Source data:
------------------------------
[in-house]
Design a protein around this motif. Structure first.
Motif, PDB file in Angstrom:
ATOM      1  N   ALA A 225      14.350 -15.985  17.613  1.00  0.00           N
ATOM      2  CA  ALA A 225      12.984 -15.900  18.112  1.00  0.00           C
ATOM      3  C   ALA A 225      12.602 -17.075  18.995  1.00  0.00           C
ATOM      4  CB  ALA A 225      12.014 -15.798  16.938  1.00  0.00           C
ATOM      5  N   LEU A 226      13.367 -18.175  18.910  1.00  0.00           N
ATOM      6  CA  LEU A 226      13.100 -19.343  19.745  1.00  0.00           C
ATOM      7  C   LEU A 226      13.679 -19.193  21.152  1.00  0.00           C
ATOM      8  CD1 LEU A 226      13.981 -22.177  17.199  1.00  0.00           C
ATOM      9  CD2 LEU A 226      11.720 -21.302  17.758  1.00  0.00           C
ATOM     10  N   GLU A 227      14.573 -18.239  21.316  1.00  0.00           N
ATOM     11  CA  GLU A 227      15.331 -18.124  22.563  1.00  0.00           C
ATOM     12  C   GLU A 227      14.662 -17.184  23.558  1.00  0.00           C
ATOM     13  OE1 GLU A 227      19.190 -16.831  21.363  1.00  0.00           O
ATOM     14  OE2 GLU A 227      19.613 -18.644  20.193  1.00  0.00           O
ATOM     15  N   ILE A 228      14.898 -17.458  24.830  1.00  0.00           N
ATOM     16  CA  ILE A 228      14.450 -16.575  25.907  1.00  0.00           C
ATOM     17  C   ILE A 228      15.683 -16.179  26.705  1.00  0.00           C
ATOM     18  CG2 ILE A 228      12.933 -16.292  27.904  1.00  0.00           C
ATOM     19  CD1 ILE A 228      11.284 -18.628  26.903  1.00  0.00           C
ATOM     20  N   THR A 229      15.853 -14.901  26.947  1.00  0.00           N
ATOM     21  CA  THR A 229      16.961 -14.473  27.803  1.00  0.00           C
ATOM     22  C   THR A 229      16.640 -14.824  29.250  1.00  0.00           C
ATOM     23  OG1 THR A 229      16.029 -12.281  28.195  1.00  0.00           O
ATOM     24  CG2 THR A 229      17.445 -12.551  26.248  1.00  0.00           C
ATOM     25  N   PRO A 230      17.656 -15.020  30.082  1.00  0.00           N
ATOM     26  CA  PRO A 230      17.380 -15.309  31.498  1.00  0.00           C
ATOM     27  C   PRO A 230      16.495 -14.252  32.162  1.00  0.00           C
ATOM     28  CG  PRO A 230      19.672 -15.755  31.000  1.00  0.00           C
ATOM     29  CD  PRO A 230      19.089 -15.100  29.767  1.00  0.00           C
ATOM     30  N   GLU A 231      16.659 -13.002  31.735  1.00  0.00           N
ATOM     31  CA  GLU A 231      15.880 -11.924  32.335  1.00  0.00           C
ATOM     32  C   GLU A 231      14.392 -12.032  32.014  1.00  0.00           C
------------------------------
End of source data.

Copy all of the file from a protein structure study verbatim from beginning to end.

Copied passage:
[in-house]
Design a protein around this motif. Structure first.
Motif, PDB file in Angstrom:
ATOM      1  N   ALA A 225      14.350 -15.985  17.613  1.00  0.00           N
ATOM      2  CA  ALA A 225      12.984 -15.900  18.112  1.00  0.00           C
ATOM      3  C   ALA A 225      12.602 -17.075  18.995  1.00  0.00           C
ATOM      4  CB  ALA A 225      12.014 -15.798  16.938  1.00  0.00           C
ATOM      5  N   LEU A 226      13.367 -18.175  18.910  1.00  0.00           N
ATOM      6  CA  LEU A 226      13.100 -19.343  19.745  1.00  0.00           C
ATOM      7  C   LEU A 226      13.679 -19.193  21.152  1.00  0.00           C
ATOM      8  CD1 LEU A 226      13.981 -22.177  17.199  1.00  0.00           C
ATOM      9  CD2 LEU A 226      11.720 -21.302  17.758  1.00  0.00           C
ATOM     10  N   GLU A 227      14.573 -18.239  21.316  1.00  0.00           N
ATOM     11  CA  GLU A 227      15.331 -18.124  22.563  1.00  0.00           C
ATOM     12  C   GLU A 227      14.662 -17.184  23.558  1.00  0.00           C
ATOM     13  OE1 GLU A 227      19.190 -16.831  21.363  1.00  0.00           O
ATOM     14  OE2 GLU A 227      19.613 -18.644  20.193  1.00  0.00           O
ATOM     15  N   ILE A 228      14.898 -17.458  24.830  1.00  0.00           N
ATOM     16  CA  ILE A 228      14.450 -16.575  25.907  1.00  0.00           C
ATOM     17  C   ILE A 228      15.683 -16.179  26.705  1.00  0.00           C
ATOM     18  CG2 ILE A 228      12.933 -16.292  27.904  1.00  0.00           C
ATOM     19  CD1 ILE A 228      11.284 -18.628  26.903  1.00  0.00           C
ATOM     20  N   THR A 229      15.853 -14.901  26.947  1.00  0.00           N
ATOM     21  CA  THR A 229      16.961 -14.473  27.803  1.00  0.00           C
ATOM     22  C   THR A 229      16.640 -14.824  29.250  1.00  0.00           C
ATOM     23  OG1 THR A 229      16.029 -12.281  28.195  1.00  0.00           O
ATOM     24  CG2 THR A 229      17.445 -12.551  26.248  1.00  0.00           C
ATOM     25  N   PRO A 230      17.656 -15.020  30.082  1.00  0.00           N
ATOM     26  CA  PRO A 230      17.380 -15.309  31.498  1.00  0.00           C
ATOM     27  C   PRO A 230      16.495 -14.252  32.162  1.00  0.00           C
ATOM     28  CG  PRO A 230      19.672 -15.755  31.000  1.00  0.00           C
ATOM     29  CD  PRO A 230      19.089 -15.100  29.767  1.00  0.00           C
ATOM     30  N   GLU A 231      16.659 -13.002  31.735  1.00  0.00           N
ATOM     31  CA  GLU A 231      15.880 -11.924  32.335  1.00  0.00           C
ATOM     32  C   GLU A 231      14.392 -12.032  32.014  1.00  0.00           C